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    Following article describes how the passwords in JBoss can be secured:

    The key point is however missing there: What benefits it gives?


    It is not secure! But why it is still recommended?


    We should clearly understand, that the eventual level of security provided by JBoss vault is absolutely the same as in case of plain text passwords. First we will consider why (because it may be not obvious). Then we will see why in spite of this there are some benefits.


    • What is the purpose of the JBoss vault?
      • The purpose is to prevent easy revealing of passwords used in JBoss configuration files. Actually not only passwords, but any sensitive data
    • Why is it not secure?
      • JBoss needs to be able to restore passwords without user input. If JBoss asked user for password each time it starts, it would be secure, but not maintainable. It would be impossible to guarantie high availability of servers
      • It means JBoss should be able to restore passwords based only on resources available on server, i.e. vault and key store
      • If somebody obtains access to these files on server, he can easily restore encrypted passwords, even without knowing any secret information
      • Don't believe? See decryptor in the attachment. Start the application and provide the data that you used in the <vault> section of JBoss config
    • But what's the reason to use it then?
      • Without vault
        • Configuration of your application changes time to time. Sometimes you wish to restore the state that was "10 changes before" the current. That's why you wish to keep track of all changes. Where do you keep all previous versions? In an archive with a secret password? Or in some secret repository? Not bad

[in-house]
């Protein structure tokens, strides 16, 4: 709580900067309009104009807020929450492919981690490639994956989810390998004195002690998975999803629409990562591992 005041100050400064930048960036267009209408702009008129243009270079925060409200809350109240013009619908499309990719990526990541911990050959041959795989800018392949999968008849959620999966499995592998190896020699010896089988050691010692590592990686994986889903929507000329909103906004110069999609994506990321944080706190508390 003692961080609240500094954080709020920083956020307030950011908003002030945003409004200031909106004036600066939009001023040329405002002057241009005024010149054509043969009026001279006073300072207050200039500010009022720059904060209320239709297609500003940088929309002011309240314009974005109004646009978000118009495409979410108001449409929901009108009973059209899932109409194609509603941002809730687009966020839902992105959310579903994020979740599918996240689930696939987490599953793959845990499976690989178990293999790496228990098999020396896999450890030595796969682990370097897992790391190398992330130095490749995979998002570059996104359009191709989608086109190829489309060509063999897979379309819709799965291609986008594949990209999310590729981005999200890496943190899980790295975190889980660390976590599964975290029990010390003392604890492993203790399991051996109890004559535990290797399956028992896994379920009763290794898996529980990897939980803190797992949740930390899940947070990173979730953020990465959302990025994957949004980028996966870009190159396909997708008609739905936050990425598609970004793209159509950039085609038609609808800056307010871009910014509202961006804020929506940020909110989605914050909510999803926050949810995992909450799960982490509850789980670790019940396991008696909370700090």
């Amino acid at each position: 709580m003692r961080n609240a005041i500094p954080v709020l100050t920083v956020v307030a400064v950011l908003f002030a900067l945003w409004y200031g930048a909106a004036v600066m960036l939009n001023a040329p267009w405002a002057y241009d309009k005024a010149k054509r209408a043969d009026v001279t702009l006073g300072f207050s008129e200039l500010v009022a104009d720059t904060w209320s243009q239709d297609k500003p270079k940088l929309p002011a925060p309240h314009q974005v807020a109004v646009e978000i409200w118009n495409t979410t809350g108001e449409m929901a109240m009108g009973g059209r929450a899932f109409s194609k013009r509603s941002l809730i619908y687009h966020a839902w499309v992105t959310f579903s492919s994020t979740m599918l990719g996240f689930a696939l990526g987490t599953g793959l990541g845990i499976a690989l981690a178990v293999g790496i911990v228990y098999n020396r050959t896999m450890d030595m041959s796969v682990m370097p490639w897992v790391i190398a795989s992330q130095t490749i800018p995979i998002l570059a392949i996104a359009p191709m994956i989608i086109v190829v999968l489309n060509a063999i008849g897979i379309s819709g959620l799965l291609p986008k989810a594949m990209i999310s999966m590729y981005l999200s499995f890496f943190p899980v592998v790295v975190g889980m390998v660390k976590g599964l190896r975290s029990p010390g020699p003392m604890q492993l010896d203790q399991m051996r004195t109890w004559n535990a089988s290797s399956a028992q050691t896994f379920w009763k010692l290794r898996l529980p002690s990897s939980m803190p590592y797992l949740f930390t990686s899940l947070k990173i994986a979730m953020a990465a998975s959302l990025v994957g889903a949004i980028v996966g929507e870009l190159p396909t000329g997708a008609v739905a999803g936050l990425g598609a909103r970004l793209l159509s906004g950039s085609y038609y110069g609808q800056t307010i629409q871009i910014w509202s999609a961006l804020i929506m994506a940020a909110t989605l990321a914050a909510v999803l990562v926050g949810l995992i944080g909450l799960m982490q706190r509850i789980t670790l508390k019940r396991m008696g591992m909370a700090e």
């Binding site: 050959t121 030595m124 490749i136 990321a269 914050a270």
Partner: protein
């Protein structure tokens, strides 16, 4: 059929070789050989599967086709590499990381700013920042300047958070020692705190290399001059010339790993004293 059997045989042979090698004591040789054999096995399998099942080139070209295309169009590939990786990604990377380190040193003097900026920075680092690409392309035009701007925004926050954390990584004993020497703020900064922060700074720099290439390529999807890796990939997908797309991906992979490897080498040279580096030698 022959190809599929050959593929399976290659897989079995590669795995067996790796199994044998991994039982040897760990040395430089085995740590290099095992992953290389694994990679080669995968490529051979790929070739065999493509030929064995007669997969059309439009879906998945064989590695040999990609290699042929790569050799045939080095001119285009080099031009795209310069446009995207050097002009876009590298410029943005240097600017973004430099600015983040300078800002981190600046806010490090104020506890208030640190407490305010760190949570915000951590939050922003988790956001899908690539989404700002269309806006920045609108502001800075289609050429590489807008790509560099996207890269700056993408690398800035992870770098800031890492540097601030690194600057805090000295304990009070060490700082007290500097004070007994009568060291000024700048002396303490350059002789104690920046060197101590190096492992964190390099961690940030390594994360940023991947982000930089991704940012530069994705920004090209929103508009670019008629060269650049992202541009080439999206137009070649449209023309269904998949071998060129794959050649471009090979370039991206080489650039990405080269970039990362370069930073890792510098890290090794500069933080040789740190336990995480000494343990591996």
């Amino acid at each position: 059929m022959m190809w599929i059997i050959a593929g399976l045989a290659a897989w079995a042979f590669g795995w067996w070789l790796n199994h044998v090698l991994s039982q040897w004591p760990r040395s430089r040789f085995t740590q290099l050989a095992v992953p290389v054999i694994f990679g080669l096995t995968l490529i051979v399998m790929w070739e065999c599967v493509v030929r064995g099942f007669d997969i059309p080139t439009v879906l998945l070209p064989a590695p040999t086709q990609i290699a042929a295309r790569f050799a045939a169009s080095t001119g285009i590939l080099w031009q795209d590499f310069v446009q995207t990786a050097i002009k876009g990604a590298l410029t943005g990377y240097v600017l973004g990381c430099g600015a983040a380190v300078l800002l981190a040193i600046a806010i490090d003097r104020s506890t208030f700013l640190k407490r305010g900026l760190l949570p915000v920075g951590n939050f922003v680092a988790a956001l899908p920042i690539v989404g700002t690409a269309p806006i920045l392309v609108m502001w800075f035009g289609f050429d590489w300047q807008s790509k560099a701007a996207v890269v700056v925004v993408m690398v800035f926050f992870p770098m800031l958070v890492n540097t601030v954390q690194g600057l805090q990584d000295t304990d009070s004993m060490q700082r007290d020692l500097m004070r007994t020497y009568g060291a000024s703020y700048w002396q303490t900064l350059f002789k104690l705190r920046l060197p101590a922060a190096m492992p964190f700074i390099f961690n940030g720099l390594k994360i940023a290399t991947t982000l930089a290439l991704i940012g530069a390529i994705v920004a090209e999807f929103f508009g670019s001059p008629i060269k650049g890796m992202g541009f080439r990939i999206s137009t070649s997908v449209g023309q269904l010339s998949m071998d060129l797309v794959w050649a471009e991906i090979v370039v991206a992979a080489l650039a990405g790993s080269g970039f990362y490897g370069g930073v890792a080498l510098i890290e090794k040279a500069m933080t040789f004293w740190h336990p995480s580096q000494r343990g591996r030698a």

• Then what you do if developers request your configs to analyze some problem? Do you thoroughly check the configs and remove all passwords before sending files to devs? Have you replaced all passwords? In all files you send? Ahh, OK, you use scripts. But are you sure you have adjusted the scripts after one more datasource was added last month? OK, you've done it
        • Are you sure it was on this environment, for this staging server? Not different config structure for another branch or stage?
        • Are you sure each time? Of course this can work. But what is the price? How much headake do you have each time?
      • With vault
        • All passwords in your configs are encrypted
        • You replace the original passwords in configs only once and dont't care any more
        • You can share the configs with devs
        • You can keep all versions of configs in a normal non-secret repository (svn, git). Many people can access them (your devs, ops, admins, customer, your repo hoster like github or bitbucket) without compromising security
        • You "disclose" your configs AS IS. No need to remove passwords. No need to warry each time if you have have overlooked any sensitive info
        • You can automate backing up of all configs without compromising security
        • The only thing you should care about is the key store. You should keep it apart from your configs. But it is much easier. It is just a single file
      • Idea
        • Basically we split the secret. One part is stored in config file. It is public. Another part is the key store. Keep it secretly. Of course, everyone who has access to the key store on your server can restore all the encrypted secrets. But you avoid the headake with maintenance of your configs
    • Alternatives
      • If you have a non-JEE application, e.g. based on Spring, you may want to use Jasypt. But the level of security remains the same as with plain text passwords and the same as with vault. It is only kind of mirror to the vault approach:
        • In the vault case the password (for the key store) is public. It is masked, but actually is public. The actual secret is being kept on server (the key store)
        • In the case of Jasypt the public part (configs) is encrypted and cannot be restored without a password. The secret is the password used to decrypt the configs. And this secret is being kept on server (e.g. as an environment variable in a JBoss start script)
      • In both cases configs can be made public and maintained easily, without compromising security
      • In both cases if someone has access to the server, the secrets can be decrypted without much affort



    With vault you don't get more security. There is no magic. But you get easily maintanable configs, that can be disclosed without any risks.